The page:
Next I took long pieces of yellow roving, twisted them into a long line and felted some stripes onto my creation. The technique is the same here, stabbing the stripes until they tangle into the rest of the creation. This is the fiddly part, though, it's easy to lose control of the stripes while you stab, so go slowly and keep a close eye on what you're doing. Can you guess yet what it will be?
Adding stripes. Note helpful use of cat at this step of the process.
Please note-even though Gromek and I are messing around in these pictures, these needles are
sharp and it hurts if you stab yourself! I even ended up bleeding a couple of times, so be careful!

Here it is again with all 3 stripes felted on:
Stripes fully felted
Now, here's the part where I forgot to take pictures at every stage because I got too excited . . . (Sorry about that) I felted a small piece of white roving into 2 small flat round shapes, leaving a bit of loose roving at one side of each one. I then attached the shapes by felting the loose roving onto the back of the main creation. Then, I sewed little black seed bead eyes onto my creation. When sewing on eyes, I was advised to start from the bottom or back of your creation to hide the knots. If that's not good enough, you can also felt a patch over the knots.
And here's my creation in it's final form! (Yeah, I'm sure by now you'd all guessed it was a bumblebee!)

Finished bee, with wings and eyes added!
So, what do you think? I bought my materials as a starter kit on etsy-there are many kits you can buy for specific animals, but I used a more general kit and a book called Wool Pets that I got from the library. I highly recommend the book for more detailed instructions than I gave (though still not perfect). I also recommend The Complete Photo Guide to Felting if you want more tips on needle felting or want to learn about wet or nuno felting! You can buy your materials at Michael's or Joann's although I love supporting the indie peeps on etsy! (Plus, they have kits!) Just make sure any kit you buy includes a felting pad, needle(s) and enough roving for at least one project to get you started.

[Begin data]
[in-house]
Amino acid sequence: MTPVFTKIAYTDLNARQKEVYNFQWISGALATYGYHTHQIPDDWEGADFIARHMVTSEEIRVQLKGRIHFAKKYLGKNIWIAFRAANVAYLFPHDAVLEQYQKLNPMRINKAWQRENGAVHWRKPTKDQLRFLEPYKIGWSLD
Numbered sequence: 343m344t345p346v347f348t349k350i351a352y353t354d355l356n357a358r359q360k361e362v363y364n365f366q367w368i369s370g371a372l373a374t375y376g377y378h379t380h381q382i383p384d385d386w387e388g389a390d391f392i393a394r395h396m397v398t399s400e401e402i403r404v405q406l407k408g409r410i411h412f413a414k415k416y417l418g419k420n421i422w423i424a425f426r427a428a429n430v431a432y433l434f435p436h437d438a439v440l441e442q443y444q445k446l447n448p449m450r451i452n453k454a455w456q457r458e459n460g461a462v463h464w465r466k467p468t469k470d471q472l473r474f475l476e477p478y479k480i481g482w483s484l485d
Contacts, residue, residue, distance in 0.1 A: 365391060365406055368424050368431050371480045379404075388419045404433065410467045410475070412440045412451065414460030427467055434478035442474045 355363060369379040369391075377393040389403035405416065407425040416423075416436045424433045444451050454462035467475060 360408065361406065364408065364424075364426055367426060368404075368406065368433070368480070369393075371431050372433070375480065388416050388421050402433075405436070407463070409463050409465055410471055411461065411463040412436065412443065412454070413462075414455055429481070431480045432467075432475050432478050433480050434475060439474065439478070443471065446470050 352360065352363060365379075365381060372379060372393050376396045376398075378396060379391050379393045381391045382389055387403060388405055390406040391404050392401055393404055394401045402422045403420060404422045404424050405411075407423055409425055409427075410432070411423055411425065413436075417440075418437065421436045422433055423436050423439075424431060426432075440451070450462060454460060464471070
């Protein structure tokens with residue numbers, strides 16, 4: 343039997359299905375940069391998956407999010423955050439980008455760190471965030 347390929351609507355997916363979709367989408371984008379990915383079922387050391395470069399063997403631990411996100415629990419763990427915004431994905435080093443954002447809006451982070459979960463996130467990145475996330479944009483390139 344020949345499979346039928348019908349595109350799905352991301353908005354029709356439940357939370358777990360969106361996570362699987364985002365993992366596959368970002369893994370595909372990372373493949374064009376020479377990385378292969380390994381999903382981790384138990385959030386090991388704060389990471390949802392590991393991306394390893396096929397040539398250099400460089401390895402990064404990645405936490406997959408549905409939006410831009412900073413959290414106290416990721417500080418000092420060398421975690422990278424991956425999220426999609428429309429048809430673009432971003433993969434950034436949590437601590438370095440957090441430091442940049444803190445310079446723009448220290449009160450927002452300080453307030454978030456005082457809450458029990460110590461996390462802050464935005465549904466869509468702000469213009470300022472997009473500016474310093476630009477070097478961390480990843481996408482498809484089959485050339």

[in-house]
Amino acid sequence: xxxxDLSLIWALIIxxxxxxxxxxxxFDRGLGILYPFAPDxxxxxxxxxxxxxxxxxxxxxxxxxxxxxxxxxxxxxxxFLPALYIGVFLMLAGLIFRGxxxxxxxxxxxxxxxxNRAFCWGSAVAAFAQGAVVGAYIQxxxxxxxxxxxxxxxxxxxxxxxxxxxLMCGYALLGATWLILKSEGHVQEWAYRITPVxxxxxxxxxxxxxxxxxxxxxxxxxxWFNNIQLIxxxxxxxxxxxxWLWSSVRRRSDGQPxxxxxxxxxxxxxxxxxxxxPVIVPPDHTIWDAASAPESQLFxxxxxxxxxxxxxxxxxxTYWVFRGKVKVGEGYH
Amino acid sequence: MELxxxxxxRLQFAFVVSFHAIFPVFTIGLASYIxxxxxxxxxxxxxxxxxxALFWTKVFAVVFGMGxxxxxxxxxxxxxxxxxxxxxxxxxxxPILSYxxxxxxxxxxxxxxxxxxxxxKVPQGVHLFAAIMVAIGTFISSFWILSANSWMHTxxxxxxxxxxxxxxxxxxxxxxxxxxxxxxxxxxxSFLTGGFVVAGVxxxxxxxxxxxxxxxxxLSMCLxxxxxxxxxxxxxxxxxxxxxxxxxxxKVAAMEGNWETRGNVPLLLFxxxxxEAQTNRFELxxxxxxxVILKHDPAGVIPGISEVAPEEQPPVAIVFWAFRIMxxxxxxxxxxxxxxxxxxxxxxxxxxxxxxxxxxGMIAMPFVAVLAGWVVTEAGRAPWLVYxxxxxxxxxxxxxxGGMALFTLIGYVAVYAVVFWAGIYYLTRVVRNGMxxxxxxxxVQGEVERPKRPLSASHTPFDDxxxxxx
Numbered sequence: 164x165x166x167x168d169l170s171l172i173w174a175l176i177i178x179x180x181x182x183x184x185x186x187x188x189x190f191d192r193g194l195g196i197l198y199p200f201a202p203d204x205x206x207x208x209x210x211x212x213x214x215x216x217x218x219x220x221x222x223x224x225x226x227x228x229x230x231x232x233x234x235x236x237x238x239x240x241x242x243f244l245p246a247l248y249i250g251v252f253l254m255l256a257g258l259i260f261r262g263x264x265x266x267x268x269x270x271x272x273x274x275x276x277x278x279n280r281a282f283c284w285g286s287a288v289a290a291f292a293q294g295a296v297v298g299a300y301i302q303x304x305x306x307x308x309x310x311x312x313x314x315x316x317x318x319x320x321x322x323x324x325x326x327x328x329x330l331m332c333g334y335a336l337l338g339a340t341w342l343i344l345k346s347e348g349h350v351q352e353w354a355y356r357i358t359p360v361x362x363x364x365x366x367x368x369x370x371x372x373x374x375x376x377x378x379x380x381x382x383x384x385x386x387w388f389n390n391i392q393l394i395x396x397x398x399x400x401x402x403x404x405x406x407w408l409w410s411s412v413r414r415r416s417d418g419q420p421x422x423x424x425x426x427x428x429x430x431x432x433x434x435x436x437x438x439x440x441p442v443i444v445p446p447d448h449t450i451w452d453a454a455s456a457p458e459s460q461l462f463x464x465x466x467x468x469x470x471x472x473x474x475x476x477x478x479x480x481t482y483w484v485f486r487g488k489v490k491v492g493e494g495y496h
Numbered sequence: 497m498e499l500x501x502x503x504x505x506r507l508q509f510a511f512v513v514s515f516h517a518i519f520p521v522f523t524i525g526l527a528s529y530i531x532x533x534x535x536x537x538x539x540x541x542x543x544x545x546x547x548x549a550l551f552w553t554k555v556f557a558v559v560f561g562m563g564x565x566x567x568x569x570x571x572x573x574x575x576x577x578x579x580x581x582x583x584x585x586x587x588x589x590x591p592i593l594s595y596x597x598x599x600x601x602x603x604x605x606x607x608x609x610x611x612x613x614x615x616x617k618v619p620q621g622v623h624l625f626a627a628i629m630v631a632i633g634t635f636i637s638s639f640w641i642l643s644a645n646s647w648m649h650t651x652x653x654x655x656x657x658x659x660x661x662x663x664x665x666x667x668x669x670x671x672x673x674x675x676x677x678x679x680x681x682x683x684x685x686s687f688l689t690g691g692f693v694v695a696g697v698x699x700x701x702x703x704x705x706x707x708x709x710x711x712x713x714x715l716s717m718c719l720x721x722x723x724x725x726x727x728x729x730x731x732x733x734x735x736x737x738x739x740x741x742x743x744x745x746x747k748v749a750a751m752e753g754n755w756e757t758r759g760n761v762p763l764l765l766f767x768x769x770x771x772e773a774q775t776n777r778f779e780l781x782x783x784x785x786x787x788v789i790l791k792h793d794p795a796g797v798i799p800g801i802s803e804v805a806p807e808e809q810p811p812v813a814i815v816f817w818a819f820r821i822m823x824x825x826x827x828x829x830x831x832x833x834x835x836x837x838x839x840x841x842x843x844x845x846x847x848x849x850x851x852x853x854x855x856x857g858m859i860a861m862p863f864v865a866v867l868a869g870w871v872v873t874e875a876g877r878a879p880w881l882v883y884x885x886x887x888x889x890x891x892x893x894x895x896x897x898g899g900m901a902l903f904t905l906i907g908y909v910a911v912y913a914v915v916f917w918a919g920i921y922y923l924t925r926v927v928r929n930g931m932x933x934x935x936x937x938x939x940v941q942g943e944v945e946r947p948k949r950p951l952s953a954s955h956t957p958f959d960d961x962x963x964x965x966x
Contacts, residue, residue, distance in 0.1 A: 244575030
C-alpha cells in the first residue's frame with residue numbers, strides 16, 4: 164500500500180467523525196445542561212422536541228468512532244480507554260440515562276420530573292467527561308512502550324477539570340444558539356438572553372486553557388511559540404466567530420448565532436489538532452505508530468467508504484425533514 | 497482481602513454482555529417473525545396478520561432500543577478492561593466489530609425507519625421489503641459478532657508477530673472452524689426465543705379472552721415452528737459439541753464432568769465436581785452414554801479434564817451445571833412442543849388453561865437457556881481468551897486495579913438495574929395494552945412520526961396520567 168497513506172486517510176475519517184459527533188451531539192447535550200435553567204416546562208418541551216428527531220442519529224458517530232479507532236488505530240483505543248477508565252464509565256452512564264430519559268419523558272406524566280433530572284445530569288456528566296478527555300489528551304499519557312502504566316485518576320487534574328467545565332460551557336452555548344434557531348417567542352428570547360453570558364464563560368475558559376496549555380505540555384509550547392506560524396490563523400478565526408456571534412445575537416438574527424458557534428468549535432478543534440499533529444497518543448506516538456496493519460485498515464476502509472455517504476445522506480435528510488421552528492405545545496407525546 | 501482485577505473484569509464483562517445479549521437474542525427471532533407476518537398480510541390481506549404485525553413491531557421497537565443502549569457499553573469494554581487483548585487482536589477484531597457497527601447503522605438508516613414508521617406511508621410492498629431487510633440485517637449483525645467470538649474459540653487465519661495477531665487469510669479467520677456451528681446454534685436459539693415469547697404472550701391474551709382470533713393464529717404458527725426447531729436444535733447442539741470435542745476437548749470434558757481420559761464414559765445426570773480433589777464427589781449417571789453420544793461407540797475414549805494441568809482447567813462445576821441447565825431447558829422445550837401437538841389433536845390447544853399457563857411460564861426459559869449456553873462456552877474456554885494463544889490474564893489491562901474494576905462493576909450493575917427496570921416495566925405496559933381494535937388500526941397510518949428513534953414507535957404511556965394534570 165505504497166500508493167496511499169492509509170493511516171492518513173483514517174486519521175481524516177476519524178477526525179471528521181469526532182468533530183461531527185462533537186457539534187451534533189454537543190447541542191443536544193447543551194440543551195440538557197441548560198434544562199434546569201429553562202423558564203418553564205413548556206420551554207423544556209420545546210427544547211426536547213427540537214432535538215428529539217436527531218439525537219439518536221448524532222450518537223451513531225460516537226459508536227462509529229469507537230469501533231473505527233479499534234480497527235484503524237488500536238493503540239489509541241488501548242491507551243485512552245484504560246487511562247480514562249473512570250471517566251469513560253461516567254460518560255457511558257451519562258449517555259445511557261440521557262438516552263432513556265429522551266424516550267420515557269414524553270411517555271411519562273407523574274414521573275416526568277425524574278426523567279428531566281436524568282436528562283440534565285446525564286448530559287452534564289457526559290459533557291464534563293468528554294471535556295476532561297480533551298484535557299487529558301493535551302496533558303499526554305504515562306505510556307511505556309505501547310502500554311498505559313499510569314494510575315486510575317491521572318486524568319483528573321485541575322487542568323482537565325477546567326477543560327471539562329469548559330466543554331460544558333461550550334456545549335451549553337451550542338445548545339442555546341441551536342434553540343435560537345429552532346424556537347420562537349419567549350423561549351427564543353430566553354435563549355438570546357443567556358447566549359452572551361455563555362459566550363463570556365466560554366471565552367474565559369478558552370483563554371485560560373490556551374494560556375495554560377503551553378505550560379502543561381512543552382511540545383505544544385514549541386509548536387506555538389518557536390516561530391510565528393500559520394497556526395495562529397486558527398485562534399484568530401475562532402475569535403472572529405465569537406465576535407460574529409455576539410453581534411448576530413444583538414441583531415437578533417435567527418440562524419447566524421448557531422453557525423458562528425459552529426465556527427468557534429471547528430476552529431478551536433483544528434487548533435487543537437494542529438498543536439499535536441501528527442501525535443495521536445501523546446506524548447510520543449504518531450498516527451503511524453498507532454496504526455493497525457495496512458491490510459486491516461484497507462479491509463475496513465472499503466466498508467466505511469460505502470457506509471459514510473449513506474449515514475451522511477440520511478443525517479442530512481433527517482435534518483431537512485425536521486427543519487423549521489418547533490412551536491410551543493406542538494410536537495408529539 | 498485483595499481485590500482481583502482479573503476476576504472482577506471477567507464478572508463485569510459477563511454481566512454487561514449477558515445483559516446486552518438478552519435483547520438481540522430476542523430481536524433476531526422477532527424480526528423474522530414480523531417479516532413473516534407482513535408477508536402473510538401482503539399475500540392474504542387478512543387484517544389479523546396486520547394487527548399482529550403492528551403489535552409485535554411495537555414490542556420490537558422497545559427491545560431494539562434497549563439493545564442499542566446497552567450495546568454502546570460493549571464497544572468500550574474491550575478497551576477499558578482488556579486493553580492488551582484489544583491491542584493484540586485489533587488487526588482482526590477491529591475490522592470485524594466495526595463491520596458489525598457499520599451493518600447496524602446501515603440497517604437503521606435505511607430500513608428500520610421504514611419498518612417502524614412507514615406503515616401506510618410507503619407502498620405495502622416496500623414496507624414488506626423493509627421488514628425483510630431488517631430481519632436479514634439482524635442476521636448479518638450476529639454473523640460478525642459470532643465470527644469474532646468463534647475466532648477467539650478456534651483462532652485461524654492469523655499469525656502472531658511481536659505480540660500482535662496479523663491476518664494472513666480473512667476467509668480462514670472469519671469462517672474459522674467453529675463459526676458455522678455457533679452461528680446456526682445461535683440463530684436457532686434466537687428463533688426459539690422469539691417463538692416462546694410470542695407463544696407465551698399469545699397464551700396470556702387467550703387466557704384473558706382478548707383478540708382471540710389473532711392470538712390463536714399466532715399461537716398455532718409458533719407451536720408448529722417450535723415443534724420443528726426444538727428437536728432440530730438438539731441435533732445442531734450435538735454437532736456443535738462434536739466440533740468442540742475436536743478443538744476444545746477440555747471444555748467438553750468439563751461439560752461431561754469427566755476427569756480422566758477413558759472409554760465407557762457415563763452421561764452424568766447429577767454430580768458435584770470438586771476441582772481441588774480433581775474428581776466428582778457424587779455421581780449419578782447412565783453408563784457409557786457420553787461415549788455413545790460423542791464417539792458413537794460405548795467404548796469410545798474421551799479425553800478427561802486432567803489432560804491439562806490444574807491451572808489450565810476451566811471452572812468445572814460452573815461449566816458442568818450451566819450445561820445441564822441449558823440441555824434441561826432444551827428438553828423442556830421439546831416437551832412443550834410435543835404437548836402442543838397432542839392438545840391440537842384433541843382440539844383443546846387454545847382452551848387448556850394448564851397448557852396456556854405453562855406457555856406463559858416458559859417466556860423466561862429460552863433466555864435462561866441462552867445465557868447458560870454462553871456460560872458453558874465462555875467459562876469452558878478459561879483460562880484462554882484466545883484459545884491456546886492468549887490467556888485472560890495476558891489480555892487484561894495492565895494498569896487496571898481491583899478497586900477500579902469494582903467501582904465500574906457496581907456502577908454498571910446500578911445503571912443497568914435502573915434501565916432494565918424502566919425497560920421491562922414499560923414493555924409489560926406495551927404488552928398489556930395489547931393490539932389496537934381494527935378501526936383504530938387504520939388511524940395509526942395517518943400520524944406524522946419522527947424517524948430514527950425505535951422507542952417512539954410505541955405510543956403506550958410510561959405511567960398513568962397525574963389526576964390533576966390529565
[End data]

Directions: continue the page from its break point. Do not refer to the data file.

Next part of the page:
We found this to be a fun, cozy, and relaxing craft to do!

A relaxed cat makes a great work surface.
Here is my second ever creation. It took longer but it's much more complex. But it just goes to show, once you've got the basics, you can make anything! 
Felted penguin
I love the science-magic aspect of felting (it's amazing to watch loose wool turn into something!) I am thinking of adding these types of things to my shop. I'm also experimenting with needle/wet felted beads! So, what do you think? Would you buy something like this? Would you like to try it yourself?

1 comment:

  1. Hi guys! This is an excellent blog post! Very informative, and encouraging for someone who might be thinking about felting. Nicely done.
    And your very first critter turned out so well! Love the Bee.... and the Penguin is adorable. You're a natural!
    I think that would be a great addition to your shop.